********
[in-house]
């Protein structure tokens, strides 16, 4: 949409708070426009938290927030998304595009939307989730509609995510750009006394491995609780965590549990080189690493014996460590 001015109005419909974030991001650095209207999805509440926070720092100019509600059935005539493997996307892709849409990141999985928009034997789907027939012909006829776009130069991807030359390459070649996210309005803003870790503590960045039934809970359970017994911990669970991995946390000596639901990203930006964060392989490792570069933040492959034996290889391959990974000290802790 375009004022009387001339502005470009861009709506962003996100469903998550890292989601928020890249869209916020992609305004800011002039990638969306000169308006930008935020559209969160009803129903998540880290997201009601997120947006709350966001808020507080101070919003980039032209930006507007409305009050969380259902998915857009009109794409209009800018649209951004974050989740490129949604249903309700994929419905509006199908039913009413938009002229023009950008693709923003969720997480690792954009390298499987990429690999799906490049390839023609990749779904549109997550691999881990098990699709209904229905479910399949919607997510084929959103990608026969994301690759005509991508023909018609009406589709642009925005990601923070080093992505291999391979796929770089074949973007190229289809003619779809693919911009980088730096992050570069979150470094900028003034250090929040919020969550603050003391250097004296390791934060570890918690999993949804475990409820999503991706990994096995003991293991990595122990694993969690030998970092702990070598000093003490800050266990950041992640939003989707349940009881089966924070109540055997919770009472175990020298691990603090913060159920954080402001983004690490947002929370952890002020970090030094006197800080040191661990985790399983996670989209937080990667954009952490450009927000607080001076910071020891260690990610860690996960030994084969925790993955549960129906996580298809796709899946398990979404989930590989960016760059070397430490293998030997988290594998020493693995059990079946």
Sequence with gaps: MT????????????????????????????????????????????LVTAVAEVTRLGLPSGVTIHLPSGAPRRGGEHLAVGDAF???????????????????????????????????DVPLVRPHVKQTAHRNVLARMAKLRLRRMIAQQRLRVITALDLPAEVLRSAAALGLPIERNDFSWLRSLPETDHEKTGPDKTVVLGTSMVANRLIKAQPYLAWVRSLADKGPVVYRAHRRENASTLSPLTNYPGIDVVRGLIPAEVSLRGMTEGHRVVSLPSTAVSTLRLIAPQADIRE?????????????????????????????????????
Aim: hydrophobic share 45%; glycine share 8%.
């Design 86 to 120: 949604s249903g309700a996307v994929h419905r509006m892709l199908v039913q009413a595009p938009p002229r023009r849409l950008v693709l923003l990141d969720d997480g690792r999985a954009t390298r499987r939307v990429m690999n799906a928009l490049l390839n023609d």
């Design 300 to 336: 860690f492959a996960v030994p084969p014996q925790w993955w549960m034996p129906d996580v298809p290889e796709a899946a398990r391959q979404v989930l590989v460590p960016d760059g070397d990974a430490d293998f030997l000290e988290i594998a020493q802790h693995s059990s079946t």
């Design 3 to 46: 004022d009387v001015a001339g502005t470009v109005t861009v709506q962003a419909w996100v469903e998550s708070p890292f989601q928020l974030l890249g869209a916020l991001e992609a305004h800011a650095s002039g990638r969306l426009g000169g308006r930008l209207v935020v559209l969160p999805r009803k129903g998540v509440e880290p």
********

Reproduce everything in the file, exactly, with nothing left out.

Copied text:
[in-house]
């Protein structure tokens, strides 16, 4: 949409708070426009938290927030998304595009939307989730509609995510750009006394491995609780965590549990080189690493014996460590 001015109005419909974030991001650095209207999805509440926070720092100019509600059935005539493997996307892709849409990141999985928009034997789907027939012909006829776009130069991807030359390459070649996210309005803003870790503590960045039934809970359970017994911990669970991995946390000596639901990203930006964060392989490792570069933040492959034996290889391959990974000290802790 375009004022009387001339502005470009861009709506962003996100469903998550890292989601928020890249869209916020992609305004800011002039990638969306000169308006930008935020559209969160009803129903998540880290997201009601997120947006709350966001808020507080101070919003980039032209930006507007409305009050969380259902998915857009009109794409209009800018649209951004974050989740490129949604249903309700994929419905509006199908039913009413938009002229023009950008693709923003969720997480690792954009390298499987990429690999799906490049390839023609990749779904549109997550691999881990098990699709209904229905479910399949919607997510084929959103990608026969994301690759005509991508023909018609009406589709642009925005990601923070080093992505291999391979796929770089074949973007190229289809003619779809693919911009980088730096992050570069979150470094900028003034250090929040919020969550603050003391250097004296390791934060570890918690999993949804475990409820999503991706990994096995003991293991990595122990694993969690030998970092702990070598000093003490800050266990950041992640939003989707349940009881089966924070109540055997919770009472175990020298691990603090913060159920954080402001983004690490947002929370952890002020970090030094006197800080040191661990985790399983996670989209937080990667954009952490450009927000607080001076910071020891260690990610860690996960030994084969925790993955549960129906996580298809796709899946398990979404989930590989960016760059070397430490293998030997988290594998020493693995059990079946």
Sequence with gaps: MT????????????????????????????????????????????LVTAVAEVTRLGLPSGVTIHLPSGAPRRGGEHLAVGDAF???????????????????????????????????DVPLVRPHVKQTAHRNVLARMAKLRLRRMIAQQRLRVITALDLPAEVLRSAAALGLPIERNDFSWLRSLPETDHEKTGPDKTVVLGTSMVANRLIKAQPYLAWVRSLADKGPVVYRAHRRENASTLSPLTNYPGIDVVRGLIPAEVSLRGMTEGHRVVSLPSTAVSTLRLIAPQADIRE?????????????????????????????????????
Aim: hydrophobic share 45%; glycine share 8%.
């Design 86 to 120: 949604s249903g309700a996307v994929h419905r509006m892709l199908v039913q009413a595009p938009p002229r023009r849409l950008v693709l923003l990141d969720d997480g690792r999985a954009t390298r499987r939307v990429m690999n799906a928009l490049l390839n023609d």
């Design 300 to 336: 860690f492959a996960v030994p084969p014996q925790w993955w549960m034996p129906d996580v298809p290889e796709a899946a398990r391959q979404v989930l590989v460590p960016d760059g070397d990974a430490d293998f030997l000290e988290i594998a020493q802790h693995s059990s079946t």
């Design 3 to 46: 004022d009387v001015a001339g502005t470009v109005t861009v709506q962003a419909w996100v469903e998550s708070p890292f989601q928020l974030l890249g869209a916020l991001e992609a305004h800011a650095s002039g990638r969306l426009g000169g308006r930008l209207v935020v559209l969160p999805r009803k129903g998540v509440e880290p």